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“The difference was they didn’t feel so much need to go to an LGBQ event or activity to find those people—that other people like you just became more readily accessible to you in your everyday life,” Ocobock notes.

The second caveat is that the interviewees haven’t abandoned LGBT organizations altogether.

“They might have felt less need for organized community but they still took part in it,” Ocobock tells The Daily Beast. “With some sort of semi-regularity, they were still going to LGBTQ events or activities or gay-owned venues at least once every few months—the vast majority of my participants were.”

Those semi-frequent check-ins may in part be due to the fact that study participants didn’t feel unqualified joy about the changes that marriage has wrought on community.

“There was definitely some sort of sadness and nostalgia for what you lose in that process,” Ocobock says, noting that although they spoke “uniformly positively” about marriage, many participants missed the community building of yesteryear.

Pretty much anywhere you go, you’re going to see other gay people, which is great, but I admit that there is a little bit of nostalgia for that in community kind of feeling, where if you were in a restaurant and there was another lesbian or gay couple, you would probably say hello.

As one married woman said in an interview for the study: “Pretty much anywhere you go, you’re going to see other gay people, which is great, but I admit that there is a little bit of nostalgia for that in community kind of feeling, where if you were in a restaurant and there was another lesbian or gay couple, you would probably say hello, and now you might but you might not because there’s going to be lesbians and gay men everywhere.”

In these and other comments, Ocobock detected a “sense of loss” for prior “community ties” that are “now less often sought and less easily achieved.”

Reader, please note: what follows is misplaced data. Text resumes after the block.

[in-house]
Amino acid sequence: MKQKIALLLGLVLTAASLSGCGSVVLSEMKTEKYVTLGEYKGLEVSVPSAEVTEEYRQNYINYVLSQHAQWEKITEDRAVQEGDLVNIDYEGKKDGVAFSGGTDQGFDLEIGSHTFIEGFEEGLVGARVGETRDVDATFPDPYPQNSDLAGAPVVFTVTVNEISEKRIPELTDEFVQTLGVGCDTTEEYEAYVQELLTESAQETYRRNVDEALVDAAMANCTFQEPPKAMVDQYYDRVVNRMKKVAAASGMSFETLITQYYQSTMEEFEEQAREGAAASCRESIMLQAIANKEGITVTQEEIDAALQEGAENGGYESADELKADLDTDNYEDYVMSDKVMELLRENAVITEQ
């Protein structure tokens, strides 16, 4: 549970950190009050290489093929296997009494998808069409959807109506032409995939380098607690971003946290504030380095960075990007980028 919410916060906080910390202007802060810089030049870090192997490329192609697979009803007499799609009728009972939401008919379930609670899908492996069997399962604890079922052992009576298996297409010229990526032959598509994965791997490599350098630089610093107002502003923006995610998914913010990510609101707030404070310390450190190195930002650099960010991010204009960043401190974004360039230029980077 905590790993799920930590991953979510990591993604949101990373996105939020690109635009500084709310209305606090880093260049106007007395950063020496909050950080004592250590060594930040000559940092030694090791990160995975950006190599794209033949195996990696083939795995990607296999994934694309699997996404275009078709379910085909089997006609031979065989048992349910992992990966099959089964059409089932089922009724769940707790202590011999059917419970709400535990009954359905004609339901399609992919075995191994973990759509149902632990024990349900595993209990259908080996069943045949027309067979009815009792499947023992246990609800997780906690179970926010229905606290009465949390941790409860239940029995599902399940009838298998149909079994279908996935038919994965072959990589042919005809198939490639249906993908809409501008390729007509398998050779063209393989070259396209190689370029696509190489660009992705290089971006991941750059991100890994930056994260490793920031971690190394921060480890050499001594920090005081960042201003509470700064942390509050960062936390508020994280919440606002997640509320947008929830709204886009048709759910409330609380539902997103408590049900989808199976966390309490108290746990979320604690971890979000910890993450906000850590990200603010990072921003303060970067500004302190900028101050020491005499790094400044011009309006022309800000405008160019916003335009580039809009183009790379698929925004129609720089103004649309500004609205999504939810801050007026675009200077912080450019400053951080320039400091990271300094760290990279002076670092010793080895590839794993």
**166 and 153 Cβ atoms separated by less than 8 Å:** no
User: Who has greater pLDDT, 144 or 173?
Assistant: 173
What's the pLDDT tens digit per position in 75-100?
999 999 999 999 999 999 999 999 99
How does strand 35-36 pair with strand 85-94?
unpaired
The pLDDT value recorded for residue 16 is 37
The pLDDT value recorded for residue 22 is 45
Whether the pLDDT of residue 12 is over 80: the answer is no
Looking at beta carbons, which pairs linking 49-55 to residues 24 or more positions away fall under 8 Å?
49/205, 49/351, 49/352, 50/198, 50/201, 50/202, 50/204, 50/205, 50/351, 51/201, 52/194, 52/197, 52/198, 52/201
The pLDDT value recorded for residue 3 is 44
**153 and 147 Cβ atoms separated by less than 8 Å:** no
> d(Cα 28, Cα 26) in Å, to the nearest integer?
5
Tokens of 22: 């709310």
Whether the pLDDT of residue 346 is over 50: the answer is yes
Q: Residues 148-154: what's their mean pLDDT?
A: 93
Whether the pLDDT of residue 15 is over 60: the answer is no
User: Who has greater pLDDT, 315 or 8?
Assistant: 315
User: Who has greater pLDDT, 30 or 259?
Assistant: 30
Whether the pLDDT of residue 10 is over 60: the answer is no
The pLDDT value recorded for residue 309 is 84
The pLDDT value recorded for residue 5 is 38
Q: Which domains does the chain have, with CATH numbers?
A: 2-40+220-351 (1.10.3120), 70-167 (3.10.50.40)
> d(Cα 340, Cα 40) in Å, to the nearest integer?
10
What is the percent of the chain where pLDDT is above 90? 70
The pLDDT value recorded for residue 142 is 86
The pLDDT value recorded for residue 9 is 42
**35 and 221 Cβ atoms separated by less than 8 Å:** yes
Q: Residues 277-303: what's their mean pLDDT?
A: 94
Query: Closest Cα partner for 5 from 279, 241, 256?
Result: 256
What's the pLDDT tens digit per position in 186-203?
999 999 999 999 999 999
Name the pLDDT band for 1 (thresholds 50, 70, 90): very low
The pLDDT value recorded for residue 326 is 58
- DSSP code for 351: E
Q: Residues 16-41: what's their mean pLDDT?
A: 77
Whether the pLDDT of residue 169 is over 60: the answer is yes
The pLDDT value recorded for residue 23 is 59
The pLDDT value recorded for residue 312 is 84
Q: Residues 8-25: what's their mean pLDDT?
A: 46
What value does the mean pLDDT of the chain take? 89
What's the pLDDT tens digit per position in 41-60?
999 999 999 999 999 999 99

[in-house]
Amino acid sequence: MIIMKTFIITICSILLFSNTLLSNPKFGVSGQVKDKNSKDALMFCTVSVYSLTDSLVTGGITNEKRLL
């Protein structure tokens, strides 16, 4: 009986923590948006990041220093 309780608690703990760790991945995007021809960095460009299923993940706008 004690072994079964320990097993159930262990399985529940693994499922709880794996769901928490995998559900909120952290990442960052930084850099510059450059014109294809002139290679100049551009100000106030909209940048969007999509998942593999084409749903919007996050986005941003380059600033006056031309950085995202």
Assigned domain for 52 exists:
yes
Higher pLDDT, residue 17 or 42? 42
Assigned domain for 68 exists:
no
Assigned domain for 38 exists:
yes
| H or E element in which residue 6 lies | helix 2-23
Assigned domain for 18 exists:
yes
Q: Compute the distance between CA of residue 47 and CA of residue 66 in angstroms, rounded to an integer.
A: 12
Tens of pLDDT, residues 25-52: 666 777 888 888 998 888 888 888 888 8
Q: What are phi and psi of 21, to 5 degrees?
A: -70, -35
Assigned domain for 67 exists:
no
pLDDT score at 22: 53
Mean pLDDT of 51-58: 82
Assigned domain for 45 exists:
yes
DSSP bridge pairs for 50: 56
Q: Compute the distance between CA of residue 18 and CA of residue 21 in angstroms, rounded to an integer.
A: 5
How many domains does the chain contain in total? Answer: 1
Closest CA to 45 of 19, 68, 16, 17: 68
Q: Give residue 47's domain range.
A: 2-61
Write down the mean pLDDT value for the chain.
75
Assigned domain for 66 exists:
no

A handful of participants seemed to believe that the “fight for additional acceptance,” as the study phrases it, is now over, even criticizing LGBT people who continued to push for social change—but the “majority of participants did not echo [those] kinds of unqualified sentiments.”

Still, those sentiments, however sparsely expressed, seem to confirm the worst fears of LGBT advocates like Timothy Stewart-Winter, who after the 2015 Obergefell Supreme Court decision wrote a New York Times op-ed called “The Price of Gay Marriage” in which he worried that some would now “proclaim a premature victory, overlooking those of us who are still left out.”

“Will even a fraction of the energy and money that have been poured into the marriage fight be available to transgender people, homeless teenagers, victims of job discrimination, lesbian and gay refugees and asylum seekers, isolated gay elderly or other vulnerable members of our community?” Stewart-Winter wondered.

Indeed, the legalization of same-sex marriage has not made anti-LGBT employment discrimination illegal in every state, nor did it make the country friendly to transgender people overnight.

To the extent that certain kinds of organized community life seem necessary to advocate for basic rights, it could be worrisome that some lesbian, gay, bisexual, and queer people in Massachusetts already want to pump the brakes.

But the overall feeling of acceptance and inclusion that most of Ocobock’s participants felt could also be cause for celebration.

For Jonathan Rauch, the overall thrust of Ocobock’s study is “wonderful news,” as he writes in an email to The Daily Beast, noting, however, that it has a relatively small sample size and draws its conclusions from subjective, self-reported data.

Rauch, who is openly gay and Jewish, sees a parallel between the state of the Jewish community in the United States and the direction in which the LGBT community seems headed post-Obergefell.